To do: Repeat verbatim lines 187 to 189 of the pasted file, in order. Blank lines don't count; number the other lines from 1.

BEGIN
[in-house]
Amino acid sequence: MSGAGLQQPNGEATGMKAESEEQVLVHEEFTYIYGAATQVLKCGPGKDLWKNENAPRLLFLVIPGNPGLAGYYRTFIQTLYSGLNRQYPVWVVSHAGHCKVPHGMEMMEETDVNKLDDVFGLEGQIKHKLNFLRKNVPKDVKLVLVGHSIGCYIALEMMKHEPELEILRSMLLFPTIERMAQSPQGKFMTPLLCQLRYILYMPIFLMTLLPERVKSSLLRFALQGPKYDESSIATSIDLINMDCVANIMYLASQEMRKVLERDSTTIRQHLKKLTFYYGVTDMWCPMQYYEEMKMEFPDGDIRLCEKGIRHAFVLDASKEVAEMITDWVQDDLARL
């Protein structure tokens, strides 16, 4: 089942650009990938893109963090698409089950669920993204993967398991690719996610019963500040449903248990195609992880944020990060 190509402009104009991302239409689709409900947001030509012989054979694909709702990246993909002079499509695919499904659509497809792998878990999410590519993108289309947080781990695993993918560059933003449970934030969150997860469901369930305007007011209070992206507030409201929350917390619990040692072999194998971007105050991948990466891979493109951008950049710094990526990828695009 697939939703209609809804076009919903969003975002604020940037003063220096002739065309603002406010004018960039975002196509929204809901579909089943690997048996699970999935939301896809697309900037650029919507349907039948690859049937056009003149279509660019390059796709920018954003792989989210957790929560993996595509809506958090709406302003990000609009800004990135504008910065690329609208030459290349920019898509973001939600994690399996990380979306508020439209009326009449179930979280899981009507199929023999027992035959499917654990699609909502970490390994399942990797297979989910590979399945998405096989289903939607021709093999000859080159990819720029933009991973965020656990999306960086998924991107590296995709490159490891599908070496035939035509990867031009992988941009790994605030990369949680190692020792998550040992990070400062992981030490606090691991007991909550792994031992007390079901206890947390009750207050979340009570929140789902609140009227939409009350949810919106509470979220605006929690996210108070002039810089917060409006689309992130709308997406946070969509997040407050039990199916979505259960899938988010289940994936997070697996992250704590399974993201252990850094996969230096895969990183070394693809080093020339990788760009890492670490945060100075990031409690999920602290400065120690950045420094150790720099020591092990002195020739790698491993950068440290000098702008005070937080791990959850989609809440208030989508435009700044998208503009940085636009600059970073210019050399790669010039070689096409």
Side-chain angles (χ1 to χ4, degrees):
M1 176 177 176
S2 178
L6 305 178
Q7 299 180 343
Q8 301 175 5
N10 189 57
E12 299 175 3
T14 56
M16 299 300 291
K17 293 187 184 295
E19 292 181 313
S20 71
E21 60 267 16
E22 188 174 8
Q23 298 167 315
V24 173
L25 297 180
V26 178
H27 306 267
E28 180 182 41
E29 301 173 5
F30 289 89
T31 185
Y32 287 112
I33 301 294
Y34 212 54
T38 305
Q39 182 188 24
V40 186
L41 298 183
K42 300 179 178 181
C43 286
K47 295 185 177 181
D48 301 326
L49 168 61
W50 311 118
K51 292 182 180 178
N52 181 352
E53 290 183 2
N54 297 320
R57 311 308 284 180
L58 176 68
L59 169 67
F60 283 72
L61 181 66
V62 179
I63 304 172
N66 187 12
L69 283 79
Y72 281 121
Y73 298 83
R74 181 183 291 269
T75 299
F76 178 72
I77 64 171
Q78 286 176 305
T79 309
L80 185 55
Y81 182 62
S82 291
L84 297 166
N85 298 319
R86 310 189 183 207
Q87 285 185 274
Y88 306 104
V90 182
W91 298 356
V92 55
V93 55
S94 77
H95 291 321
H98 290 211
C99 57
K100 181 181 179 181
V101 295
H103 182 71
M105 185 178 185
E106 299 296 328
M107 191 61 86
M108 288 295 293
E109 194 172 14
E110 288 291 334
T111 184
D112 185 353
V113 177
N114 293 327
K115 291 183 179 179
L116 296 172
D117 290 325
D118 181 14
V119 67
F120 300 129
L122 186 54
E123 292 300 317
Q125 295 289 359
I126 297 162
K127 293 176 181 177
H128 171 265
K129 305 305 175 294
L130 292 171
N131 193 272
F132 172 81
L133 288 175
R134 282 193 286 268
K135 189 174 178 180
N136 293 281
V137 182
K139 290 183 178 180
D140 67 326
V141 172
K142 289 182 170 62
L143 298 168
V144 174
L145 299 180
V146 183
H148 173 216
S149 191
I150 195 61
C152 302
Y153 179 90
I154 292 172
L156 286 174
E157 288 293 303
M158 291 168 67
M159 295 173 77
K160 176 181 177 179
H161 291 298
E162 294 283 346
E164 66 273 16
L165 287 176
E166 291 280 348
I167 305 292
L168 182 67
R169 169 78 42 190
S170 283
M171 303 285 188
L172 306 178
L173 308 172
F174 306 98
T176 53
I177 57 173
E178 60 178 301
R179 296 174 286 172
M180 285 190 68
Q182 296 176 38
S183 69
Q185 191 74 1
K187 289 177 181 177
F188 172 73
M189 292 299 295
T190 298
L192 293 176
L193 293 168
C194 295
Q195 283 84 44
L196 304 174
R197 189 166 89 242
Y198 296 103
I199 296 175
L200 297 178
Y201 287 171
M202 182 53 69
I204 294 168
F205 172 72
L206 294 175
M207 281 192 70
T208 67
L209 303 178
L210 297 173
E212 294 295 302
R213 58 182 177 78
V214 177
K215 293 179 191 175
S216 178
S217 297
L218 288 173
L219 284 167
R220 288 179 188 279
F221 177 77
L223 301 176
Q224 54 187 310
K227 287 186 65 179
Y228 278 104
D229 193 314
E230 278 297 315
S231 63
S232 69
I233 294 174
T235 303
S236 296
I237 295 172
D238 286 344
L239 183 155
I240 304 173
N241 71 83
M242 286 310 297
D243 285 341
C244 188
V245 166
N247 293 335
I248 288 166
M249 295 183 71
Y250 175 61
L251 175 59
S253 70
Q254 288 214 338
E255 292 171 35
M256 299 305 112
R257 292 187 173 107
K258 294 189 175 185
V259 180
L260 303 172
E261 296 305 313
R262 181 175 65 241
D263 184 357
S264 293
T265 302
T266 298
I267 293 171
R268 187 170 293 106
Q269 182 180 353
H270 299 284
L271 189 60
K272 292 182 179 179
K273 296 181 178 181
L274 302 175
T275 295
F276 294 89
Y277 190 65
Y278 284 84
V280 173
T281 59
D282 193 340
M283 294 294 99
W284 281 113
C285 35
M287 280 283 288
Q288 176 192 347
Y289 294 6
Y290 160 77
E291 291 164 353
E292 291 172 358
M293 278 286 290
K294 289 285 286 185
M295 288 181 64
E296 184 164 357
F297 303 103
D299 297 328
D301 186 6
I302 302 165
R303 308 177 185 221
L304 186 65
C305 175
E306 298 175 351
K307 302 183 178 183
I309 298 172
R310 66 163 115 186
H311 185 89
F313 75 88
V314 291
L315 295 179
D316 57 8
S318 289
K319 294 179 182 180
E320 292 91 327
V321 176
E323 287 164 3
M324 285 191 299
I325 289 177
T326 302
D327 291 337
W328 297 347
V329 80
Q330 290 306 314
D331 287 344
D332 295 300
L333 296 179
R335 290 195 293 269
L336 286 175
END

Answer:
Y228 278 104
D229 193 314
E230 278 297 315